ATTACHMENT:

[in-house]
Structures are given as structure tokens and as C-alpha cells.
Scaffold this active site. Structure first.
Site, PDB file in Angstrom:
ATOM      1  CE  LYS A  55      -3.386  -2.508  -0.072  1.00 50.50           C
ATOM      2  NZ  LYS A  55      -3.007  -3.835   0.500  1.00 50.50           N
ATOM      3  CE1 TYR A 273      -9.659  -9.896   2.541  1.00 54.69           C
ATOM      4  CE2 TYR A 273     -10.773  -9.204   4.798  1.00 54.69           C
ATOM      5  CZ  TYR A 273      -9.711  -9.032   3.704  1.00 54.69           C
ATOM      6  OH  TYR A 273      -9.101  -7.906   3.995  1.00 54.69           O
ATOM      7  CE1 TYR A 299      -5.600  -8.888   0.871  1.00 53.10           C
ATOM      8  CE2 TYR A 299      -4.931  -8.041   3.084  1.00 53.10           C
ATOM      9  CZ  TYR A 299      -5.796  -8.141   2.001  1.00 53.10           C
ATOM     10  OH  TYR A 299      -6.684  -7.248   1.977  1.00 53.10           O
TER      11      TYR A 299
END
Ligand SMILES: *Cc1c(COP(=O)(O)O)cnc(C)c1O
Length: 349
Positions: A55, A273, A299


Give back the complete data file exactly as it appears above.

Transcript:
[in-house]
Structures are given as structure tokens and as C-alpha cells.
Scaffold this active site. Structure first.
Site, PDB file in Angstrom:
ATOM      1  CE  LYS A  55      -3.386  -2.508  -0.072  1.00 50.50           C
ATOM      2  NZ  LYS A  55      -3.007  -3.835   0.500  1.00 50.50           N
ATOM      3  CE1 TYR A 273      -9.659  -9.896   2.541  1.00 54.69           C
ATOM      4  CE2 TYR A 273     -10.773  -9.204   4.798  1.00 54.69           C
ATOM      5  CZ  TYR A 273      -9.711  -9.032   3.704  1.00 54.69           C
ATOM      6  OH  TYR A 273      -9.101  -7.906   3.995  1.00 54.69           O
ATOM      7  CE1 TYR A 299      -5.600  -8.888   0.871  1.00 53.10           C
ATOM      8  CE2 TYR A 299      -4.931  -8.041   3.084  1.00 53.10           C
ATOM      9  CZ  TYR A 299      -5.796  -8.141   2.001  1.00 53.10           C
ATOM     10  OH  TYR A 299      -6.684  -7.248   1.977  1.00 53.10           O
TER      11      TYR A 299
END
Ligand SMILES: *Cc1c(COP(=O)(O)O)cnc(C)c1O
Length: 349
Positions: A55, A273, A299